The case studies on change cited in Switch were besprinkled with examples of written reports and spreadsheets that contained vital information, but were totally ignored by organizations and companies. The conclusion the Heath brothers draw in their book is that dry facts presented in writing do not engage people’s emotions, therefore, they usually fail to influence behavior all by themselves.

While the importance of engaging both heart and mind rings absolutely true, I think the authors missed an important point about how people absorb information effectively. Namely, if you use only a single channel, such as writing a report, to engage your audience about complicated issues, then the intended beneficiaries of your knowledge may be digesting very little of your message, regardless of emotional involvement. I see this in my consulting practice with cities of all sizes. Municipalities that want to revitalize a downtown or commercial corridor usually have an impressive array of reports on the subject already filed away somewhere gathering dust. And therein lies the problem, ALL of this information is contained in a report!

Over the years, I have learned that there are very few people who truly process written information efficiently. And this is particularly true of busy property owners and business owners, who don’t have time to read consultants’ tomes. Since a downtown tells its story through its infrastructure (how it looks), and its ground floor uses (they need to be active), cities must meaningfully captivate and motivate property owners and business owners to initiate renewal, or it will be stopped before it ever starts.

To effect change, cities must engage their constituents, face to face, with voices…with hands-on experiences…with images, in order for people to really learn and connect with information. As in the case of my work, I try to take the rather dry subject of land-use and bring it alive. And, if I do my job well, then a lot of excitement is generated just by bringing focus to people’s intuitions about their downtown environments and how they function optimally.

This idea of engaging all of the senses for learning reminds me of one of the methods that Montessori preschools use for teaching the alphabet: sandpaper letters. The name for the work really does represent exactly what you would think: each letter is cut from fine grain sandpaper and is individually mounted on a hard square backing. Children watch the teacher trace the letter using her index finger (mirroring the same motion you would use to write the letter), while they hear the teacher says the sound the letter makes (not its name). Then, the student copies the teacher’s actions.

This work stimulates a preschooler’s hearing (the sound of the letter), sense of touch (feeling the sandpaper under the finger), and vision (seeing the letter and watching the teacher model the movement of writing it). It is very effective. Montessori preschool students learn to read before kindergarten not because their emotions are engaged, but because all of their senses are engaged.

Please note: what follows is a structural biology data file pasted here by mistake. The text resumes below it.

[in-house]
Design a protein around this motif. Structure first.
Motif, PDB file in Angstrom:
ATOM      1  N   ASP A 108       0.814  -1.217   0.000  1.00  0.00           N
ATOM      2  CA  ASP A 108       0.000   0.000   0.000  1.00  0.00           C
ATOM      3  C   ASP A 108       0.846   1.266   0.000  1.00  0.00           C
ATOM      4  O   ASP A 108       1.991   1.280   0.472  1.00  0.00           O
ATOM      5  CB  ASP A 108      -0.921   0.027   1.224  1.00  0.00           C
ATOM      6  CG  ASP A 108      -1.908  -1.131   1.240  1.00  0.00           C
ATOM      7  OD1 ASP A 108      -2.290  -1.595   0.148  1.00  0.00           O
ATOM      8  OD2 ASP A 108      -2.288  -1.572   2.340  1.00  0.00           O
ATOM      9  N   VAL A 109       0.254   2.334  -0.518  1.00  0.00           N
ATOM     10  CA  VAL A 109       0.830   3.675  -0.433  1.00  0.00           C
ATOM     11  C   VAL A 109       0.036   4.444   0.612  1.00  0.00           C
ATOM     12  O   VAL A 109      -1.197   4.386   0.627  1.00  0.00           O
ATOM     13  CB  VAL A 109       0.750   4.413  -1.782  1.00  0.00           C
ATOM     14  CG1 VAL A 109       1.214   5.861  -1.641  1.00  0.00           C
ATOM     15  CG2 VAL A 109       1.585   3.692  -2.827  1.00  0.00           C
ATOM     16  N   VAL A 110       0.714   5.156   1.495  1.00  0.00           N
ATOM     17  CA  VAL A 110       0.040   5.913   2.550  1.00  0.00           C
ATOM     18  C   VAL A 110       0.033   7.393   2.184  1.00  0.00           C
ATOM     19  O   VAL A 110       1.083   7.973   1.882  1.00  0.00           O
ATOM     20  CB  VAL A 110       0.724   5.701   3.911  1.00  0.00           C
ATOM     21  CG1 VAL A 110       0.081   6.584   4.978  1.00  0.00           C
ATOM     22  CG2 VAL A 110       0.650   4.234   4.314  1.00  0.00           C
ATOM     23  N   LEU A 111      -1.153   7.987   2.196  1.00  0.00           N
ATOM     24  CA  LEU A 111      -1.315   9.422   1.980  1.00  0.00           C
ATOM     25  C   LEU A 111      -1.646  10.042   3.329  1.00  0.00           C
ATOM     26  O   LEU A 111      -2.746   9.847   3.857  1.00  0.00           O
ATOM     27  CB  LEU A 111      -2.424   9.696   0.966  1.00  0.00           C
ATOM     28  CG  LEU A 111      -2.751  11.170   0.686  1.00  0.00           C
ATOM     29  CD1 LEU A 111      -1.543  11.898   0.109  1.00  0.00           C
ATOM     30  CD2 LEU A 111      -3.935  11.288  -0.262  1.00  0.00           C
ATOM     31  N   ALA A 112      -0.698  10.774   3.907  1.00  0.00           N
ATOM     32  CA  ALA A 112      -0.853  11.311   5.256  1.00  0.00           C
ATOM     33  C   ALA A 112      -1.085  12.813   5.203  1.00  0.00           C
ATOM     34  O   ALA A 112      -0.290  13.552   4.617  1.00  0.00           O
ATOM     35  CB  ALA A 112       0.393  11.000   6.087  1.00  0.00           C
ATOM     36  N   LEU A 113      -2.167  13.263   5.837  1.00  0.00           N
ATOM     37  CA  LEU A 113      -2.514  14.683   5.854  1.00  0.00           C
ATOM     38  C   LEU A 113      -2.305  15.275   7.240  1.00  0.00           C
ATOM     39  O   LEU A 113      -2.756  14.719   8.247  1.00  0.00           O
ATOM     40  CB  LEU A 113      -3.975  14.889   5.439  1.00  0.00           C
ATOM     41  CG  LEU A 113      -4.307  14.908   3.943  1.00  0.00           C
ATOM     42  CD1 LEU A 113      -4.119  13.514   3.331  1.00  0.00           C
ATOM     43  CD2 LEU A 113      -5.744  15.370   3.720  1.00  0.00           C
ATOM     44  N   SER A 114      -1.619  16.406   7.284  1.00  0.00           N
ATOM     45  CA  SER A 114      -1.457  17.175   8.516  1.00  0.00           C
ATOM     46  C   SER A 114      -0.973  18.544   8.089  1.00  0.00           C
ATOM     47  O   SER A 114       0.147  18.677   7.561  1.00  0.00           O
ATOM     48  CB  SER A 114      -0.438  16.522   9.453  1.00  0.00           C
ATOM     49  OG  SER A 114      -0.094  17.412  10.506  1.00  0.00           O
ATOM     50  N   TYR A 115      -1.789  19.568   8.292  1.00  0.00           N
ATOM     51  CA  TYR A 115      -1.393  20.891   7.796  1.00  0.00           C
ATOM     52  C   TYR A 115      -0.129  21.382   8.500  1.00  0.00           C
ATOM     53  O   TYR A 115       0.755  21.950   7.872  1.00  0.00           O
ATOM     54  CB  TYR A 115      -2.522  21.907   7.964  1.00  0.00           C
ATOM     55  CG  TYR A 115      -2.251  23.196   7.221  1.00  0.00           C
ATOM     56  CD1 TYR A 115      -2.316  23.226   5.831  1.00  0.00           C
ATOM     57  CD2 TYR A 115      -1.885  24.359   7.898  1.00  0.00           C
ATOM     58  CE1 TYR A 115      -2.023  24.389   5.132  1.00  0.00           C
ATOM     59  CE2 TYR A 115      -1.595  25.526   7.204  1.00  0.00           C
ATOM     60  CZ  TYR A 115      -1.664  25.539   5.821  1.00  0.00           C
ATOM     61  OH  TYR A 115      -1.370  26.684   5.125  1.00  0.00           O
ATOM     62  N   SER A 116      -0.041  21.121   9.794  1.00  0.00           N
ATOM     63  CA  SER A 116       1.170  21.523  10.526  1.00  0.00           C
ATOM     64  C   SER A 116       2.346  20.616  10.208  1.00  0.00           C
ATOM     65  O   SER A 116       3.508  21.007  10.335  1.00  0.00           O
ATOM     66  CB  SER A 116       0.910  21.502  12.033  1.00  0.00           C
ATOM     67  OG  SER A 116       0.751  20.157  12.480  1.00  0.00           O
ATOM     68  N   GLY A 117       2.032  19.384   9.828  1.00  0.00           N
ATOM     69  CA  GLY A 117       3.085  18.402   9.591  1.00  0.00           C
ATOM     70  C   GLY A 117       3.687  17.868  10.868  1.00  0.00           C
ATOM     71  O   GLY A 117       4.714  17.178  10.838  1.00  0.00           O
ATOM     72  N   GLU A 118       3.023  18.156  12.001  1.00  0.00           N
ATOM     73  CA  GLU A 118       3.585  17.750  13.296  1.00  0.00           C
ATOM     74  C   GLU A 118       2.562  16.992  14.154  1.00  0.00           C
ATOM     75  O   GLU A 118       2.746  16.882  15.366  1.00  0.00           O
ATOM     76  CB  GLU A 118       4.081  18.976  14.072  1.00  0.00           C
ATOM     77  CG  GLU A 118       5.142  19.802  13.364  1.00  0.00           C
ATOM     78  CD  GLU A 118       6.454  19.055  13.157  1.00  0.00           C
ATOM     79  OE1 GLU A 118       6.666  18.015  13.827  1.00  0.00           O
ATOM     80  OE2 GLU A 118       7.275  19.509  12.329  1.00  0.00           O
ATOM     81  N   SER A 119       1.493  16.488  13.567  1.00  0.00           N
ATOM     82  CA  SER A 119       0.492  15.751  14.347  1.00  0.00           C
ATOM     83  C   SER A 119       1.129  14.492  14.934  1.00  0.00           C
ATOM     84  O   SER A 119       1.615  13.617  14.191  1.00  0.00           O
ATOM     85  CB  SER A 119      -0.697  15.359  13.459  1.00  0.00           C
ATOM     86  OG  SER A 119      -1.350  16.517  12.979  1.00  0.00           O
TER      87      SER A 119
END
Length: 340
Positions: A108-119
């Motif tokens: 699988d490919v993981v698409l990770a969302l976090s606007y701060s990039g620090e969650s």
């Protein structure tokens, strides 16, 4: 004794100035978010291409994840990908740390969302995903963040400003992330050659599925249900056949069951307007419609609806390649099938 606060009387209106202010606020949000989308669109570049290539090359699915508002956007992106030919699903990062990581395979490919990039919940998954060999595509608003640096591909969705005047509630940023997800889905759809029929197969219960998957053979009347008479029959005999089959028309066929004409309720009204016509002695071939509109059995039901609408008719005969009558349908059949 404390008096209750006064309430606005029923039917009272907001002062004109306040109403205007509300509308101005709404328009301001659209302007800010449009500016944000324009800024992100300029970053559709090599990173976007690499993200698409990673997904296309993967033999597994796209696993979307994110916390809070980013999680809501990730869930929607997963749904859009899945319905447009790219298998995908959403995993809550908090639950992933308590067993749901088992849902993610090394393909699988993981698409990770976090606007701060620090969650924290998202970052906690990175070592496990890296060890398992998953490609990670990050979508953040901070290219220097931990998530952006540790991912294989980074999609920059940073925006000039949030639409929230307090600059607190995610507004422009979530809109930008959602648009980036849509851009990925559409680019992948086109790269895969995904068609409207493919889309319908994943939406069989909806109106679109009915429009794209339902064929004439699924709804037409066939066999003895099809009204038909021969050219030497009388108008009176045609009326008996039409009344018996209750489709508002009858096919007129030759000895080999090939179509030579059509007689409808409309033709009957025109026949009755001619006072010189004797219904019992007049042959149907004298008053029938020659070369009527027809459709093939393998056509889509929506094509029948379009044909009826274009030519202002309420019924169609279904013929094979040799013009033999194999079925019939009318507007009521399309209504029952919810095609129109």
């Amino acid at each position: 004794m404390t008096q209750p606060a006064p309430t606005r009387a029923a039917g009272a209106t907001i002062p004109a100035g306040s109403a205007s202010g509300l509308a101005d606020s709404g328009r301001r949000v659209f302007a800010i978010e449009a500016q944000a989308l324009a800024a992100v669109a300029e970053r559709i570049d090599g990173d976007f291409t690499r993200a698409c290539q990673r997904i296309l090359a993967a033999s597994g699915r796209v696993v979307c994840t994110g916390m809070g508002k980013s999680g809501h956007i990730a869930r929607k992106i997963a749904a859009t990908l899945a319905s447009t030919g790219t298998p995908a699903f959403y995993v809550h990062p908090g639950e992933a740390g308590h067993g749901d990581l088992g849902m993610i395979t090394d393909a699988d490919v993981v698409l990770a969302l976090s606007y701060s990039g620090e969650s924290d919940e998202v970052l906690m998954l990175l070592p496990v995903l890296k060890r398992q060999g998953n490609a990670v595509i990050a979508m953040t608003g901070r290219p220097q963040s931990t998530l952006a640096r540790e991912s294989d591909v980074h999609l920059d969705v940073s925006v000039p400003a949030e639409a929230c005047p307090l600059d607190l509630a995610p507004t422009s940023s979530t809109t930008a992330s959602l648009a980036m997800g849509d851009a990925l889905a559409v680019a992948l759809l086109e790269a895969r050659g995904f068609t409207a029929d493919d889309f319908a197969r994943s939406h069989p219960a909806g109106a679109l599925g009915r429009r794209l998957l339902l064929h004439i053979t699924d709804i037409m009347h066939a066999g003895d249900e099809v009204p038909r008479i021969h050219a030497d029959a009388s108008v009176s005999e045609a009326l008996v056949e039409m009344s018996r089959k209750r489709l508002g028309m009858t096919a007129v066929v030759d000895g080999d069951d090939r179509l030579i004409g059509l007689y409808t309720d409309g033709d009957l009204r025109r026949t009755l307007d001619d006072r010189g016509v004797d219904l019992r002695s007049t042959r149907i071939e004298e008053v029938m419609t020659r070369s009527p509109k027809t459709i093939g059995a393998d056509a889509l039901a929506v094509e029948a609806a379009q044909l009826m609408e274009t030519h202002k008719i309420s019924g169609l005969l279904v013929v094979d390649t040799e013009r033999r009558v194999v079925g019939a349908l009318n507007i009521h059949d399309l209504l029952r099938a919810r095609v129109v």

So, while I am in agreement with the Switch authors that motivating change is much easier when our feelings and thoughts are united behind a goal, I also believe that there are many ways to captivate our thinking selves. And sometimes, as in the case with the sandpaper letters, enthusiasm and animation–our emotions–can be triggered just by neurons connecting and blazing new trails. Thinking begets feeling.

Hear…see…touch…experience…not just read.


On Emergence, Ants, and Bottom up Revitalization

by Michele Reeves on November 19, 2010

Post image for On Emergence, Ants, and Bottom up Revitalization

I was thinking about commercial districts yesterday as I finished Emergence, by Steven Johnson. I was particularly taken with his descriptions of ants, and how they build colonies with no central vision or control. A fully functioning ant mound is created strictly through a series of small local interactions between ants, largely using pheromones. Though the amount of information exchanged in each is tiny, from these local interactions, a higher functioning order emerges.

This is exactly the sort of behavior cities should be encouraging between stakeholders to foster organic revitalization.

Instead, from a city’s perspective, from a planning department’s perspective, and from a development agency perspective, it is often easier to focus on that one big new “catalyst” project that will single-handedly improve an area, rather than encourage many small-scale projects, fostering a bottom up approach. Unfortunately, this desire to renew from above takes a tremendous amount of public capital and doesn’t always work.

Is it possible to consider rejuvenation of a commercial corridor or a downtown from a different, more cost-effective perspective?

Yes, provided that you have decent building stock (and by decent, I mean a continuous run of structures from almost any era) and a functioning grid. From those simple building blocks, you can directly improve what you have, rather than trying to indirectly help it by completing a single large new building. From the seeds of your downtown or your commercial corridor, you can grow a place, which will then require significantly less, or perhaps no, public money to encourage new construction.